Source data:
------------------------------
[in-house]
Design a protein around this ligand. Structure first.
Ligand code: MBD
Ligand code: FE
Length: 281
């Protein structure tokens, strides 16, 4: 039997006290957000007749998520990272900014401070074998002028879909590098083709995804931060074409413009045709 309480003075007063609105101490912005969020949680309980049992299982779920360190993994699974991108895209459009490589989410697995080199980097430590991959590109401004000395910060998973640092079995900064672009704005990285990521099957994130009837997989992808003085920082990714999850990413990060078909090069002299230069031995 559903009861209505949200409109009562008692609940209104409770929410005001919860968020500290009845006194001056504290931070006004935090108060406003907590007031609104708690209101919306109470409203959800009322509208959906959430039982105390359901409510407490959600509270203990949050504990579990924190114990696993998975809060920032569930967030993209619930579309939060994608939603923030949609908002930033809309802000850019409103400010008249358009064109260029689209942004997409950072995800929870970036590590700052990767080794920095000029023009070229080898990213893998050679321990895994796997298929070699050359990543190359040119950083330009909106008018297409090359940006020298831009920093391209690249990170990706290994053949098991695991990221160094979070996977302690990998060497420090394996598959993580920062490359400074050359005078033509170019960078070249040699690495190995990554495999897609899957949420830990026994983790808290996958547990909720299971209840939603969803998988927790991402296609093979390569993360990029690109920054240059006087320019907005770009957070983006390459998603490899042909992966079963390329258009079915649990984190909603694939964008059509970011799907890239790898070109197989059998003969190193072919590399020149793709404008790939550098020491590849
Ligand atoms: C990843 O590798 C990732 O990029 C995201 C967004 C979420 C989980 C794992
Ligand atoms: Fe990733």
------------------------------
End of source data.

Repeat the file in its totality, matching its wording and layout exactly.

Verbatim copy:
[in-house]
Design a protein around this ligand. Structure first.
Ligand code: MBD
Ligand code: FE
Length: 281
């Protein structure tokens, strides 16, 4: 039997006290957000007749998520990272900014401070074998002028879909590098083709995804931060074409413009045709 309480003075007063609105101490912005969020949680309980049992299982779920360190993994699974991108895209459009490589989410697995080199980097430590991959590109401004000395910060998973640092079995900064672009704005990285990521099957994130009837997989992808003085920082990714999850990413990060078909090069002299230069031995 559903009861209505949200409109009562008692609940209104409770929410005001919860968020500290009845006194001056504290931070006004935090108060406003907590007031609104708690209101919306109470409203959800009322509208959906959430039982105390359901409510407490959600509270203990949050504990579990924190114990696993998975809060920032569930967030993209619930579309939060994608939603923030949609908002930033809309802000850019409103400010008249358009064109260029689209942004997409950072995800929870970036590590700052990767080794920095000029023009070229080898990213893998050679321990895994796997298929070699050359990543190359040119950083330009909106008018297409090359940006020298831009920093391209690249990170990706290994053949098991695991990221160094979070996977302690990998060497420090394996598959993580920062490359400074050359005078033509170019960078070249040699690495190995990554495999897609899957949420830990026994983790808290996958547990909720299971209840939603969803998988927790991402296609093979390569993360990029690109920054240059006087320019907005770009957070983006390459998603490899042909992966079963390329258009079915649990984190909603694939964008059509970011799907890239790898070109197989059998003969190193072919590399020149793709404008790939550098020491590849
Ligand atoms: C990843 O590798 C990732 O990029 C995201 C967004 C979420 C989980 C794992
Ligand atoms: Fe990733």